In the preview, we mentioned that it would be nice to see Jones’ dual-threat ability put to use. Some read options and other designed runs would benefit the offense. We did see a good bit of this. The broadcast eluded to the fact that Satterfield mentioned he wanted to keep the playbook limited and simplified for the short week. This is likely why we saw more of Jones’ legs put to work. But he looked good running it, finishing with 94 yards.

The run game was up to par on both sides of the ball for the Bearcats against the Cougars, this is why they dominated time of possession and plays ran. 

Important Takeaways From the Game

Jones’ Struggles Continue

Jones struggled again with his accuracy. The deep shots just aren’t working for the most part. We did see some designed rollouts and RPOs, but Jones’ accuracy on the run was poor as well. He missed a few guys on important plays. He did finish with 256 yards and three touchdowns. However, Jones was well south of 200 yards before a late, meaningless 80-yard touchdown drive for the Bearcats. The early interception erases a lot of the good in his stat line. 

Some Bearcats fans are fed up with Jones’ play, but it is not time to give up on him and assume that there is a better option behind him. Jones has flashed in a great way at times this year. It sort of seemed like the coaching staff played a bit more to his strengths Friday night with more designed runs and quick passes. If Jones can slow himself down, process better, and be more patient, he can turn things around.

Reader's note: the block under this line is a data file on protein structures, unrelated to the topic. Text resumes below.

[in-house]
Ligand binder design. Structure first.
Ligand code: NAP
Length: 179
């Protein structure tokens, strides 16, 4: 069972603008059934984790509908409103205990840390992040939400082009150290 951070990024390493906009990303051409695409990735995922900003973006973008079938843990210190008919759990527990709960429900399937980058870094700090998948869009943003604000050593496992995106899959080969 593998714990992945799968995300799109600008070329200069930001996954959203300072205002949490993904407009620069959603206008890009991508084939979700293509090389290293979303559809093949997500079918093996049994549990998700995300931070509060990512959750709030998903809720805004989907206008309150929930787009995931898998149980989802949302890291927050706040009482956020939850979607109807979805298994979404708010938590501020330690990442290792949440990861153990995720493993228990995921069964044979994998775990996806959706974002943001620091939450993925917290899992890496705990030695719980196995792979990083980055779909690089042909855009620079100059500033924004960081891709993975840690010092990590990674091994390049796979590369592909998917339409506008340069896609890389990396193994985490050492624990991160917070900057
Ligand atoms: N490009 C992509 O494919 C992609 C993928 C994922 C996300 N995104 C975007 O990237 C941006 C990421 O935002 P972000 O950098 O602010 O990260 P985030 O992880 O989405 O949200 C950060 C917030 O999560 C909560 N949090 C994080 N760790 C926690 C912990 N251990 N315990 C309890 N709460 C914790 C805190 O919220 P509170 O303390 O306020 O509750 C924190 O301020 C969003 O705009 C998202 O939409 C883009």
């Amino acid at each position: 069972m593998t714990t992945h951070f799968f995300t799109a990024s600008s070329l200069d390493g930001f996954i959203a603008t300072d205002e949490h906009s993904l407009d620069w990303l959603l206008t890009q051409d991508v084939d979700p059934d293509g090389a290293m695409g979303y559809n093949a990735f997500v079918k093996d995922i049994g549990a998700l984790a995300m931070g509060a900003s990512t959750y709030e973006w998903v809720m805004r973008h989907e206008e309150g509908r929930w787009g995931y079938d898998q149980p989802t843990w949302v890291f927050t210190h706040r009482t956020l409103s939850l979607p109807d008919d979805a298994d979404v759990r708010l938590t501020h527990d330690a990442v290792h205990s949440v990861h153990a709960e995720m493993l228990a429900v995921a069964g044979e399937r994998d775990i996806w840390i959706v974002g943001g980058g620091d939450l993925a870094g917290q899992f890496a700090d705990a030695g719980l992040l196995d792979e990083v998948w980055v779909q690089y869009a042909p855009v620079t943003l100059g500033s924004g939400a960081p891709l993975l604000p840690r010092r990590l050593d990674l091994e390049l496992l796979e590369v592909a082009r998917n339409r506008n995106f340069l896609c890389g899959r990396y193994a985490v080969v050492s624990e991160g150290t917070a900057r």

Zero Sack Night for the Defense

Defensive coordinator Bryan Brown did order some pressure a decent amount in the game, but the back end could not hold up. Playing man-to-man defense with no help over the top is not working out for the Bearcats. This was evident last week against Oklahoma, and Brown had to shift away from these play calls even further in this one.

Corleone, Eric Phillips, and Jowon Briggs all had stout nights against the run game. The defense had seven total tackles for loss but wasn’t able to bring down the quarterback once. BYU got it out quickly on pass plays and trusted its receivers against the Cincinnati secondary. It worked out for the Cougars.

Looking Ahead

Cincinnati gets to enjoy next weekend off as the bye week seemingly comes at a great time. After starting off the year 2-0, then dropping three straight including two at home, a re-set is needed. This was a tough one for Cincinnati, it was always going to be. In a tough environment on a short week, UC wasn’t quite up for the challenge.

The Bearcats are back in action at home on October 14th when the Iowa St. Cyclones come to town. A conference game that is more than winnable after the rocky start to the season for Iowa St. Cincinnati has a lot to work on and figure out over the next two weeks, hope to see an improved version of this team when they take the field next.



Photo courtesy: Kareem Elgazzar/The Enquirer / USA TODAY NETWORK